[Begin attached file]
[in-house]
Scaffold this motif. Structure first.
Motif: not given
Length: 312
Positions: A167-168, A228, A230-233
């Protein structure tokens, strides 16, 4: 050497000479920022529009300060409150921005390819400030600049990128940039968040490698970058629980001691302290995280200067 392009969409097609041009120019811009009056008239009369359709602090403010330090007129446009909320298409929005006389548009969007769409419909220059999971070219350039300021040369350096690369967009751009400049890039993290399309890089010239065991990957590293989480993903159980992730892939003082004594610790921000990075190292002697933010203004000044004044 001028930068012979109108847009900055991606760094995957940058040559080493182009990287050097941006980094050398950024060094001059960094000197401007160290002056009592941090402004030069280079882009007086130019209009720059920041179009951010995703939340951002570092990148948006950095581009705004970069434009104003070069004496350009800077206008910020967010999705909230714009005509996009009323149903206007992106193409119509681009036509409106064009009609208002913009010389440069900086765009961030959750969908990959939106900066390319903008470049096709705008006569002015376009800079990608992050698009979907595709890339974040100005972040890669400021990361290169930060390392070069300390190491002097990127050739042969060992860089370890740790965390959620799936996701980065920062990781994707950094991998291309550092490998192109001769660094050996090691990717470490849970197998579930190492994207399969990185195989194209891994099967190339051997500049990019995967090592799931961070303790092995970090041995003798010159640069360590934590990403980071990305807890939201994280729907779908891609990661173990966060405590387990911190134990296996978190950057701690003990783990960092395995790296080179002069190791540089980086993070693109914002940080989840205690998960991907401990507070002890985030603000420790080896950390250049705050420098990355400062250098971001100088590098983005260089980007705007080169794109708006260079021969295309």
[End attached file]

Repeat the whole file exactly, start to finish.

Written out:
[in-house]
Scaffold this motif. Structure first.
Motif: not given
Length: 312
Positions: A167-168, A228, A230-233
């Protein structure tokens, strides 16, 4: 050497000479920022529009300060409150921005390819400030600049990128940039968040490698970058629980001691302290995280200067 392009969409097609041009120019811009009056008239009369359709602090403010330090007129446009909320298409929005006389548009969007769409419909220059999971070219350039300021040369350096690369967009751009400049890039993290399309890089010239065991990957590293989480993903159980992730892939003082004594610790921000990075190292002697933010203004000044004044 001028930068012979109108847009900055991606760094995957940058040559080493182009990287050097941006980094050398950024060094001059960094000197401007160290002056009592941090402004030069280079882009007086130019209009720059920041179009951010995703939340951002570092990148948006950095581009705004970069434009104003070069004496350009800077206008910020967010999705909230714009005509996009009323149903206007992106193409119509681009036509409106064009009609208002913009010389440069900086765009961030959750969908990959939106900066390319903008470049096709705008006569002015376009800079990608992050698009979907595709890339974040100005972040890669400021990361290169930060390392070069300390190491002097990127050739042969060992860089370890740790965390959620799936996701980065920062990781994707950094991998291309550092490998192109001769660094050996090691990717470490849970197998579930190492994207399969990185195989194209891994099967190339051997500049990019995967090592799931961070303790092995970090041995003798010159640069360590934590990403980071990305807890939201994280729907779908891609990661173990966060405590387990911190134990296996978190950057701690003990783990960092395995790296080179002069190791540089980086993070693109914002940080989840205690998960991907401990507070002890985030603000420790080896950390250049705050420098990355400062250098971001100088590098983005260089980007705007080169794109708006260079021969295309």